Coke Case Study

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Coca-Cola and BP Cause Coca-Cola In June 1999 children at six schools in Belgium complained of headache, nausea, vomiting and shivering after drinking Coca-Cola 's beverages, leading to their hospitalization. Most of them reported an unusual smell and taste in the drink. The Belgian Health Ministry ordered for all Coca-Cola products to be banned from the market. Several other European countries followed suit. The entire incident left more than 240 children sick (Coca-Cola 's Belgian Crisis, 2004). BP In April 2010, a gas release and consequent explosion occurred on the Deepwater Horizon oil rig located in the Gulf of Mexico, which BP was leasing from Transocean, a Swiss company. The explosion killed 11 workers, injured 17 others, and dumped…show more content…
It took Coke’s Chairman and CEO Douglas Ivester seven days to provide a formal apology to Belgian consumers (Schwartz, 1999). Because of Coca-Cola’s delayed response to the crisis, they risked spreading anxiety over its products among its consumers (Abelson, 1999). However, Coca-Cola did cooperate with the Belgian health ministry throughout the crisis to make sure its products were safe. For Coca-Cola’s investors, the lack of preparation and quick response from its CEO may have brought doubt on whether the company could manage growth and future strategy well (Schwartz,…show more content…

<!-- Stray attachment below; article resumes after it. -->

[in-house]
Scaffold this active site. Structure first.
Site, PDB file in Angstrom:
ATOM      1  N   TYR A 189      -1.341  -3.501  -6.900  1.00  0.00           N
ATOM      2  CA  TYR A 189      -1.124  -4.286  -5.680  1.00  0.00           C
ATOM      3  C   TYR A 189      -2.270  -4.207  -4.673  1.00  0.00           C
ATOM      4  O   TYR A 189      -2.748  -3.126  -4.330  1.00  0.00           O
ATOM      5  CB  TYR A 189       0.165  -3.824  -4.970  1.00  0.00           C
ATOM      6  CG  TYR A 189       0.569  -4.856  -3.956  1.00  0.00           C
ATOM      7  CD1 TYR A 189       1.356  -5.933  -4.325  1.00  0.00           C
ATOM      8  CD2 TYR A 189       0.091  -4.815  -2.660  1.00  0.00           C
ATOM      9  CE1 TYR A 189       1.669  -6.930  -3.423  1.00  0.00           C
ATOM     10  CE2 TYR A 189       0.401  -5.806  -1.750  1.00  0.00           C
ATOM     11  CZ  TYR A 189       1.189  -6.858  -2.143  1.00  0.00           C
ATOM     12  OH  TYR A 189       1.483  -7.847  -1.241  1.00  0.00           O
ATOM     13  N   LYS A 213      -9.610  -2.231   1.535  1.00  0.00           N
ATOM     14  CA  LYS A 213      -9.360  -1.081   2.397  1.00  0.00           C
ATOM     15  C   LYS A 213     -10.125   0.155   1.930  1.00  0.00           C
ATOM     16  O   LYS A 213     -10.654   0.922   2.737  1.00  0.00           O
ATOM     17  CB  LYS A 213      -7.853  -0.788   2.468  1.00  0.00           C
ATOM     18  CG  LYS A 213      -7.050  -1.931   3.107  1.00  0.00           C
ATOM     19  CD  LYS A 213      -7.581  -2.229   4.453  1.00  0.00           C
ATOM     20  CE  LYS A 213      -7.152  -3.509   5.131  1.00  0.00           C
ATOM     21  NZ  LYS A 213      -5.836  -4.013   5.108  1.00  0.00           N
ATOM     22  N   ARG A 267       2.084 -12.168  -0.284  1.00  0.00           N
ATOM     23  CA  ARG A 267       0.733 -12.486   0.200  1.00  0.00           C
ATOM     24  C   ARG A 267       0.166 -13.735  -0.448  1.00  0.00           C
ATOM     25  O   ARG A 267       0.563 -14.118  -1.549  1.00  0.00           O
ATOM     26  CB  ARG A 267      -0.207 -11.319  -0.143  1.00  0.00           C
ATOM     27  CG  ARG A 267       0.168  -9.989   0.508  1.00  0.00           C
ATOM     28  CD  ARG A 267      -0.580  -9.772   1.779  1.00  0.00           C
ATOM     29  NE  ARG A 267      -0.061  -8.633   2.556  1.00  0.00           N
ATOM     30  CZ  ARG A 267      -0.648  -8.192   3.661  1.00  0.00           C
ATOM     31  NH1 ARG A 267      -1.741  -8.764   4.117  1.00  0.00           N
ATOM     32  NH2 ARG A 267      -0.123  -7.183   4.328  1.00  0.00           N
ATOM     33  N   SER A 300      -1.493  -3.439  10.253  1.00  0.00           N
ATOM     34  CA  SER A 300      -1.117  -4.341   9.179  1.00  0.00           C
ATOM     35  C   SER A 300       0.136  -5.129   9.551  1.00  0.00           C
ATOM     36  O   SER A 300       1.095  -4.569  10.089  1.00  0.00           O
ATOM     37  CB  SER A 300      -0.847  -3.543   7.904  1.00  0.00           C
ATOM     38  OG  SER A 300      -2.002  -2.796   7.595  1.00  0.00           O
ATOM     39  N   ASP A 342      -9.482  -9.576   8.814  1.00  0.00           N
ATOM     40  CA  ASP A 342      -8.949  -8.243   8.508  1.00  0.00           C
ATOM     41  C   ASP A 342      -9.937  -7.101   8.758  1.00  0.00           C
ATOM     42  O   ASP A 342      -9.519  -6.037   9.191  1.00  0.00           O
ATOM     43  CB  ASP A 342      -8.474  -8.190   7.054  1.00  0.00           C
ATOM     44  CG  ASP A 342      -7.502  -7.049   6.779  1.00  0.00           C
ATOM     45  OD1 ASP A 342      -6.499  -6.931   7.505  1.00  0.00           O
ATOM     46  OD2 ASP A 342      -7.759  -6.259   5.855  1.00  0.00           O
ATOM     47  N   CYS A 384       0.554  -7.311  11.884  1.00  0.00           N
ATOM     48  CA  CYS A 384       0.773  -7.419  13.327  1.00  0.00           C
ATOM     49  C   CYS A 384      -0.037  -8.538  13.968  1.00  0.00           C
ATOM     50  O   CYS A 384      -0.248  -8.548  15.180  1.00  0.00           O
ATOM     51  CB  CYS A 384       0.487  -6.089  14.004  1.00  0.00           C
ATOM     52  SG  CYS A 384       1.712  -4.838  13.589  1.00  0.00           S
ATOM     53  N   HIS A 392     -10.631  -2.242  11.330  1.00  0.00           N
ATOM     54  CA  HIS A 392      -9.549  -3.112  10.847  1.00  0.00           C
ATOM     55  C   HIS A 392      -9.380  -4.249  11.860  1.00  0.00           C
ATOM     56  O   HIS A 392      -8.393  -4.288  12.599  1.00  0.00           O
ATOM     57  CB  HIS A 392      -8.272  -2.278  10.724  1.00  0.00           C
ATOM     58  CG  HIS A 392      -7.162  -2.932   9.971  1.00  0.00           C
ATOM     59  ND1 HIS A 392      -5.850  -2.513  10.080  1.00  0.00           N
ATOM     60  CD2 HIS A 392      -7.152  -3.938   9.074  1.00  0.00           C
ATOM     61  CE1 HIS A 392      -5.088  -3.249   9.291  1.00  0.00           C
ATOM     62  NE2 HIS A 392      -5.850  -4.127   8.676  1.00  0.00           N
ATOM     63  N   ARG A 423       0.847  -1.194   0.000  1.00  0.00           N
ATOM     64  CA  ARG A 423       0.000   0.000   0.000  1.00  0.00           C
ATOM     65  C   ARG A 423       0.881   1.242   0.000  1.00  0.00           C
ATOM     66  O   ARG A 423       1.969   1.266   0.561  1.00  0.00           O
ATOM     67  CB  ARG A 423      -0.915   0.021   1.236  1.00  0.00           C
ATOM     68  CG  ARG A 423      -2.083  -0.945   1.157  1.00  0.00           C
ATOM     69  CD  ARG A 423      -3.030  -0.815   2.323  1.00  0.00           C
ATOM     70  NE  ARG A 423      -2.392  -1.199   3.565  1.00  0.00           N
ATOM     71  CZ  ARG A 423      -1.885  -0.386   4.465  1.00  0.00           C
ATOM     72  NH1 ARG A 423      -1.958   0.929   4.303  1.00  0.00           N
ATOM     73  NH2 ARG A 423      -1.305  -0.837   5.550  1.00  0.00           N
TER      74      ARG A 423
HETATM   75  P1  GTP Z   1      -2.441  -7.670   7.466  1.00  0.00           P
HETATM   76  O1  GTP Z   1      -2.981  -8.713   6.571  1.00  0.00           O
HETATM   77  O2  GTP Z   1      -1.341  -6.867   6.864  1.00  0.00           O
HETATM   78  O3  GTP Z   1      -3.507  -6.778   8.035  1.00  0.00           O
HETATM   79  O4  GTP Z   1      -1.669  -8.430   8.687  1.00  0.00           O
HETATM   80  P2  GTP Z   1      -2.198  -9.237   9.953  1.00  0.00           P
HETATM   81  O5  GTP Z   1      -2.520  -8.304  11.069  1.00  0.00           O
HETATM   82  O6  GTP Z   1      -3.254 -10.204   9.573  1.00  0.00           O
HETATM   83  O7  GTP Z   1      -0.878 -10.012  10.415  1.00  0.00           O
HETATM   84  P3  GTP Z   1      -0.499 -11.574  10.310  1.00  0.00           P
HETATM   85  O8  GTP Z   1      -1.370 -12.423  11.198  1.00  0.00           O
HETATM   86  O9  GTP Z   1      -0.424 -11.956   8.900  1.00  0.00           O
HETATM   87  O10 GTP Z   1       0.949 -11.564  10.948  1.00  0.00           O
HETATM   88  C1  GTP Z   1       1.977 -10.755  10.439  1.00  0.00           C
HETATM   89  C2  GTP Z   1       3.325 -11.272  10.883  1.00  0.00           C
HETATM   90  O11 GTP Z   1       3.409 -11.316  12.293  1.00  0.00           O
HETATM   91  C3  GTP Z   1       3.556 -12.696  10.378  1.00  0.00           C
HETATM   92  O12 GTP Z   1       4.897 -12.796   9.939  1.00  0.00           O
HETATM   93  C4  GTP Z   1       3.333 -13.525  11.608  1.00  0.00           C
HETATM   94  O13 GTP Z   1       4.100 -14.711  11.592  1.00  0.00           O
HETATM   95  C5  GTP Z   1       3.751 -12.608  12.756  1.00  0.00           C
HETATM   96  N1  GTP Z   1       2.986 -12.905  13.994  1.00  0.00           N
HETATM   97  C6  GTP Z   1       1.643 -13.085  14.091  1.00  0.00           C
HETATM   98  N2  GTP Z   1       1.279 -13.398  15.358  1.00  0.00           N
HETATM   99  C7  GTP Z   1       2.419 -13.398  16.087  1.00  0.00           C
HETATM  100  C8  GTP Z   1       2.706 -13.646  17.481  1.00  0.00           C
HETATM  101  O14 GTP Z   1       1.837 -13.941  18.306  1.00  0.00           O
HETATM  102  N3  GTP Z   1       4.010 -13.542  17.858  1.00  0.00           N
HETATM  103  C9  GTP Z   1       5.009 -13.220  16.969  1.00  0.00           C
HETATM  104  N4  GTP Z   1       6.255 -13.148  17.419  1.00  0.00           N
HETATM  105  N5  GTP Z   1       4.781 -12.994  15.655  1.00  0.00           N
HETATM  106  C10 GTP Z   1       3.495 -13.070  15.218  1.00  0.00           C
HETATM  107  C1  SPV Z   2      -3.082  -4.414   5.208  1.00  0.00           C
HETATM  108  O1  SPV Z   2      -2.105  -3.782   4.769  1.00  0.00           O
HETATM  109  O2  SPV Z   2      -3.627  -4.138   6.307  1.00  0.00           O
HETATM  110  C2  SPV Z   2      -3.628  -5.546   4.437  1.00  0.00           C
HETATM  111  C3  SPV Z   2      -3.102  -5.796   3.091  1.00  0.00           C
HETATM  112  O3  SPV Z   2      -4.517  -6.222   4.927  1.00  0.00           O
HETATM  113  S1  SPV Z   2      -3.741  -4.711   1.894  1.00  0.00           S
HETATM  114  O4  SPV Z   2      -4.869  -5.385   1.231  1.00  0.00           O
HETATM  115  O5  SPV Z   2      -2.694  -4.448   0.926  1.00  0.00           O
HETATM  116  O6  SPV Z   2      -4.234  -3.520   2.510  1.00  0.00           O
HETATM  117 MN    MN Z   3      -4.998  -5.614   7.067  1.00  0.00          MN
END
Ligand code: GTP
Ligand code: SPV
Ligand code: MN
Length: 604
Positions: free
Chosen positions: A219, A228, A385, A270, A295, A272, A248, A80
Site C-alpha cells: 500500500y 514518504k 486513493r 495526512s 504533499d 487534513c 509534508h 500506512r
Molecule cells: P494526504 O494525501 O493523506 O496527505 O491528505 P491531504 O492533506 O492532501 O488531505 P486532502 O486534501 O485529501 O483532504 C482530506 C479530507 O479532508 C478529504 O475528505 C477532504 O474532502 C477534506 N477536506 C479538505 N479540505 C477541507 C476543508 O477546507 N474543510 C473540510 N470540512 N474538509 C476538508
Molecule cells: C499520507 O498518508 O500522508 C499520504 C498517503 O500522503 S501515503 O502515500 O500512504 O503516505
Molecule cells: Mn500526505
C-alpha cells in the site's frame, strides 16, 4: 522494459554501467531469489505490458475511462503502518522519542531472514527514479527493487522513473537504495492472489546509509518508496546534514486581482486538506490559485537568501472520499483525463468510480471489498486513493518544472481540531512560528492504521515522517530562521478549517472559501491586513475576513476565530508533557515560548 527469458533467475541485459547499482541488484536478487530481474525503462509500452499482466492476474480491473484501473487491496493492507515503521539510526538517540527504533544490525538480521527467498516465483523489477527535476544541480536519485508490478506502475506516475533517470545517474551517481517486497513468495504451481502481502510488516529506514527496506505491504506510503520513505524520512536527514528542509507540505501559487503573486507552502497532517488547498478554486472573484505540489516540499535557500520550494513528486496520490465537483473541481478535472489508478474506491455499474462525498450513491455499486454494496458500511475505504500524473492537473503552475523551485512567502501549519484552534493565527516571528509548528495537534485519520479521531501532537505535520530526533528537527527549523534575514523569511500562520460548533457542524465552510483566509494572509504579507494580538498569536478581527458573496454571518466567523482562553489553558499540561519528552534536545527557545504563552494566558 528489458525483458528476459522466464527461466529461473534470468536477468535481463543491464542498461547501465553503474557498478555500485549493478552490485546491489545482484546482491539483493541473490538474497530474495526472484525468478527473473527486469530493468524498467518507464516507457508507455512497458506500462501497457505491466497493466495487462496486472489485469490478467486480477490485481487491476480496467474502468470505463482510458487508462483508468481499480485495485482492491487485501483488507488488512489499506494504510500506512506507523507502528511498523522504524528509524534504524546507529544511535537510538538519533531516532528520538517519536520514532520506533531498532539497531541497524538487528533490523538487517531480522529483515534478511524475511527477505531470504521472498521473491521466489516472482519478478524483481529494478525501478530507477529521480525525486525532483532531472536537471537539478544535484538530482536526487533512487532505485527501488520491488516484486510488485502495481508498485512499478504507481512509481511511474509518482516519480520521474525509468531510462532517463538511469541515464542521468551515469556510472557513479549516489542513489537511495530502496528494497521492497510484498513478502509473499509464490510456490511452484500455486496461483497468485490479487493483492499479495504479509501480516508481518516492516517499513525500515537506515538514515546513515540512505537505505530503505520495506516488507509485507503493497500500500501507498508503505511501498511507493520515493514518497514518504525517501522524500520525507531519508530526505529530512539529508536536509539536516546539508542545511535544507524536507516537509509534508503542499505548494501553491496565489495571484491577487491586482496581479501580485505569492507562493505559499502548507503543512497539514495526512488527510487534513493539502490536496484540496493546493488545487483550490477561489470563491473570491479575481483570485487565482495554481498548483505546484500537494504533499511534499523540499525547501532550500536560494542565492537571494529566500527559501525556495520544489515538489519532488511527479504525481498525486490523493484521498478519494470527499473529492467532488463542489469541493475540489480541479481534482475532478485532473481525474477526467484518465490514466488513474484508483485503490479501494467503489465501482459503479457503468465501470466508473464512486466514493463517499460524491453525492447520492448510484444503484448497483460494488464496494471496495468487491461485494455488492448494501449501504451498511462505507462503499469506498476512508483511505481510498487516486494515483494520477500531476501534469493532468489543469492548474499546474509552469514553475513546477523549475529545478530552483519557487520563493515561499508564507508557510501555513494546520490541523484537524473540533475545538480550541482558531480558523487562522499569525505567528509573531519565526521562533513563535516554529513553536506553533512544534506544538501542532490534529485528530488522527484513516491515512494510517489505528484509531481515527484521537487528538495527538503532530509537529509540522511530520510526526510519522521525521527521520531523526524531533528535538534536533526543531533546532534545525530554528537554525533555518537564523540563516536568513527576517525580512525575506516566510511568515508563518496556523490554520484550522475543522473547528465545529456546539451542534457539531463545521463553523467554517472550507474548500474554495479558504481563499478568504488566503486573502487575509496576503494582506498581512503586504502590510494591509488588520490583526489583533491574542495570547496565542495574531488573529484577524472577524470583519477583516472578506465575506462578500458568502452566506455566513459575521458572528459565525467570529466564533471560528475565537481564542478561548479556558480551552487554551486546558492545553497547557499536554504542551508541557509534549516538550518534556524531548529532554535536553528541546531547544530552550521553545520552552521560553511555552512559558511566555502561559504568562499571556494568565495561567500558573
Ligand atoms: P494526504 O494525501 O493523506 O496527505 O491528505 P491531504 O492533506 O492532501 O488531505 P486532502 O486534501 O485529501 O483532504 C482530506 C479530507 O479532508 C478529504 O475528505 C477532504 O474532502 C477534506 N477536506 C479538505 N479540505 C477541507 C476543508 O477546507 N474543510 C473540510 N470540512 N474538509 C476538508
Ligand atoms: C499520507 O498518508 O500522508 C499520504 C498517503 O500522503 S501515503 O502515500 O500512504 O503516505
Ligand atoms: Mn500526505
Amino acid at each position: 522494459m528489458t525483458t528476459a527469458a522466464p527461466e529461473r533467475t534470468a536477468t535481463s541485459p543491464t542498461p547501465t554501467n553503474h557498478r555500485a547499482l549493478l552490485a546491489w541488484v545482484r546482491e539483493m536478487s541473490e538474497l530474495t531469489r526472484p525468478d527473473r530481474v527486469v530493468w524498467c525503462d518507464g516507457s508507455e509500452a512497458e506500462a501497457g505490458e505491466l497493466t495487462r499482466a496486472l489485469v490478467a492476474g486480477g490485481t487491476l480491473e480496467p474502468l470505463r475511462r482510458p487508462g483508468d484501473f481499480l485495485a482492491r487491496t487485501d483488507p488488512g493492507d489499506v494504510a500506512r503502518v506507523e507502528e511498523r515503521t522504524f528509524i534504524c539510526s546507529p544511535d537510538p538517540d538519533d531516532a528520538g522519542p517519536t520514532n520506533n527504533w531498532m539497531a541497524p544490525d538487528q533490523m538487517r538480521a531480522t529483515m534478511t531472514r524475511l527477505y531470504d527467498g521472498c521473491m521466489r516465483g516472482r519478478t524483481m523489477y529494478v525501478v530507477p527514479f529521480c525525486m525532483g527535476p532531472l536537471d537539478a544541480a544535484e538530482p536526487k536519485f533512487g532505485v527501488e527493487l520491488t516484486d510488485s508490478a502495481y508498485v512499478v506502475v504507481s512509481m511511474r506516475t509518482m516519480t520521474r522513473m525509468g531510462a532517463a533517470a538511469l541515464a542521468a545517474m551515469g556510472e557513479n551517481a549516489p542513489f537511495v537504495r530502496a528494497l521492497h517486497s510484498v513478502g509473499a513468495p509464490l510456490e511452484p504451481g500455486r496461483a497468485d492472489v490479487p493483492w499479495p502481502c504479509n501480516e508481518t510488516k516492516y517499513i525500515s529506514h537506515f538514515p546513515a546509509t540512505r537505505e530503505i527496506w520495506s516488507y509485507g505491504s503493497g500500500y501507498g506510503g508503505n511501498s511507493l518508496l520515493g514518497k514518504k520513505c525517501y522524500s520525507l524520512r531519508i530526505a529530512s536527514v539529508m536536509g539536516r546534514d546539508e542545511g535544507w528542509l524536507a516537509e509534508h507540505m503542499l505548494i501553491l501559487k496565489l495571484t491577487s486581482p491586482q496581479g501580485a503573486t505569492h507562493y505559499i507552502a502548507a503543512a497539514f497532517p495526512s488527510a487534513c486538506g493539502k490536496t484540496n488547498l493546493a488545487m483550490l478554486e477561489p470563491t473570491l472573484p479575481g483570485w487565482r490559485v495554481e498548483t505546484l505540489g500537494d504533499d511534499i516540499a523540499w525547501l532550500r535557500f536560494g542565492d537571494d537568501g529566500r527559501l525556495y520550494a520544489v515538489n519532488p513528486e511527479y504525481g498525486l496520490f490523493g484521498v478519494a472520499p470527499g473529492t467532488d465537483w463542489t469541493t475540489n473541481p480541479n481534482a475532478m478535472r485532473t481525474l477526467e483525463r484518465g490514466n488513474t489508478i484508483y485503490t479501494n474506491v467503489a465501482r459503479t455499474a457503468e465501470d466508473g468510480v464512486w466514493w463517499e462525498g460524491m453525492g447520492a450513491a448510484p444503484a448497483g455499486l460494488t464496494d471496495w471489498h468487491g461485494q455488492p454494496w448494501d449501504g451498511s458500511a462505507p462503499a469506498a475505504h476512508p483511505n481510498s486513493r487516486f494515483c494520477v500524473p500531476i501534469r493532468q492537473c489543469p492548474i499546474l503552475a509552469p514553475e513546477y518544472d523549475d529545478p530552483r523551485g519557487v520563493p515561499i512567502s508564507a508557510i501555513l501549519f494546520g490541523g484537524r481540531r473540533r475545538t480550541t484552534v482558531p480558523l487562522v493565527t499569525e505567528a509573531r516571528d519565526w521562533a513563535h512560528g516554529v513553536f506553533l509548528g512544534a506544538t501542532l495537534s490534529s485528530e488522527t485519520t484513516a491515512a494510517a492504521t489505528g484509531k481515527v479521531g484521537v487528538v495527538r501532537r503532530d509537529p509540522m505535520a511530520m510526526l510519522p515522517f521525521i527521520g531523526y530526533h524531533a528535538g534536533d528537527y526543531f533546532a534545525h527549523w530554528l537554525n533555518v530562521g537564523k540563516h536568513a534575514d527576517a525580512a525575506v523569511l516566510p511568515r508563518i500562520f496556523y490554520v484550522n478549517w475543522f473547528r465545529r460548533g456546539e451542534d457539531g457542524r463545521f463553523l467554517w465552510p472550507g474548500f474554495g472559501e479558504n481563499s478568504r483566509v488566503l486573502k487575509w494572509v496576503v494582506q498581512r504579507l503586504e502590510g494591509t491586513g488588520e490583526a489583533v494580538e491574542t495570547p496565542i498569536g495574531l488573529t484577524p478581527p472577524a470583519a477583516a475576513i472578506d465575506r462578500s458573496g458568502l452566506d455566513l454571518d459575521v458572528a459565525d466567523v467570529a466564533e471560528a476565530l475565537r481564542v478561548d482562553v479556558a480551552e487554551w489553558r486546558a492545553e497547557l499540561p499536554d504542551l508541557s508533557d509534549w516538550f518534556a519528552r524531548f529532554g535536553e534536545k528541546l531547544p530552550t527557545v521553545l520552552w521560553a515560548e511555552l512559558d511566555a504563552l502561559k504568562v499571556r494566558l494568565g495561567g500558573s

The company created a section of its website dedicated to the spill, complete with photos, video, and maps that tracked the cleanup. BP also posted constant updates to its Facebook page and Twitter feed, which allowed people to vent their anger and their frustration. BP was also part of a coalition that created the Deepwaterhorizonresponse.com (Beam, 2010). They replaced CEO Tony Hayward with Bob Dudley, a Mississippian, as spokesperson on the crisis and created an independent $20 billion compensation fund. Furthermore, they ran television ads that featured Gulf Coast natives (BP: A Textbook Example,
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